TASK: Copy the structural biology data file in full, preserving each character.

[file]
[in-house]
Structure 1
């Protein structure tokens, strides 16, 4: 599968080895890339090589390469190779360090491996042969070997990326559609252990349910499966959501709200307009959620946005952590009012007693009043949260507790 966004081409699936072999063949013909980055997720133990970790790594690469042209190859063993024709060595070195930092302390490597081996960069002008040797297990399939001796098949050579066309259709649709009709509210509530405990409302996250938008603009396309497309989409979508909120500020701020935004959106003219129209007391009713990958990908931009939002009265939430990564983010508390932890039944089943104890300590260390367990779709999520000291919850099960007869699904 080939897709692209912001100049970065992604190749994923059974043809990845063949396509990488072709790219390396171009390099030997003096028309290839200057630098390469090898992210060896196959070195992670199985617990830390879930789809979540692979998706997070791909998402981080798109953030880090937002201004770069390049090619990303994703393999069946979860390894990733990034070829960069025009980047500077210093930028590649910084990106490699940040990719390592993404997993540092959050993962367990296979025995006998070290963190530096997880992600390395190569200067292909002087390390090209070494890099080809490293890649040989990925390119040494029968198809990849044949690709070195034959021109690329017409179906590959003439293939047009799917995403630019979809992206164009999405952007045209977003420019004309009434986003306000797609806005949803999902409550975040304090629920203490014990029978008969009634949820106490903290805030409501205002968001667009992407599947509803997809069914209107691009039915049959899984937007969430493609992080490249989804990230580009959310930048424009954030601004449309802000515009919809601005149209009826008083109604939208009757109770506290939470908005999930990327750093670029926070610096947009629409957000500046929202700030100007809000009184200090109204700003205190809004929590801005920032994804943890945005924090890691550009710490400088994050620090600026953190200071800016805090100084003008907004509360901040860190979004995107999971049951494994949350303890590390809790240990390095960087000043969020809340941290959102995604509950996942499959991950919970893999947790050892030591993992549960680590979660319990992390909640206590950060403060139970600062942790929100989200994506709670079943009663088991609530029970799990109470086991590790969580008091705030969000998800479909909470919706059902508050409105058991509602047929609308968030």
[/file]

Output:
[in-house]
Structure 1
């Protein structure tokens, strides 16, 4: 599968080895890339090589390469190779360090491996042969070997990326559609252990349910499966959501709200307009959620946005952590009012007693009043949260507790 966004081409699936072999063949013909980055997720133990970790790594690469042209190859063993024709060595070195930092302390490597081996960069002008040797297990399939001796098949050579066309259709649709009709509210509530405990409302996250938008603009396309497309989409979508909120500020701020935004959106003219129209007391009713990958990908931009939002009265939430990564983010508390932890039944089943104890300590260390367990779709999520000291919850099960007869699904 080939897709692209912001100049970065992604190749994923059974043809990845063949396509990488072709790219390396171009390099030997003096028309290839200057630098390469090898992210060896196959070195992670199985617990830390879930789809979540692979998706997070791909998402981080798109953030880090937002201004770069390049090619990303994703393999069946979860390894990733990034070829960069025009980047500077210093930028590649910084990106490699940040990719390592993404997993540092959050993962367990296979025995006998070290963190530096997880992600390395190569200067292909002087390390090209070494890099080809490293890649040989990925390119040494029968198809990849044949690709070195034959021109690329017409179906590959003439293939047009799917995403630019979809992206164009999405952007045209977003420019004309009434986003306000797609806005949803999902409550975040304090629920203490014990029978008969009634949820106490903290805030409501205002968001667009992407599947509803997809069914209107691009039915049959899984937007969430493609992080490249989804990230580009959310930048424009954030601004449309802000515009919809601005149209009826008083109604939208009757109770506290939470908005999930990327750093670029926070610096947009629409957000500046929202700030100007809000009184200090109204700003205190809004929590801005920032994804943890945005924090890691550009710490400088994050620090600026953190200071800016805090100084003008907004509360901040860190979004995107999971049951494994949350303890590390809790240990390095960087000043969020809340941290959102995604509950996942499959991950919970893999947790050892030591993992549960680590979660319990992390909640206590950060403060139970600062942790929100989200994506709670079943009663088991609530029970799990109470086991590790969580008091705030969000998800479909909470919706059902508050409105058991509602047929609308968030």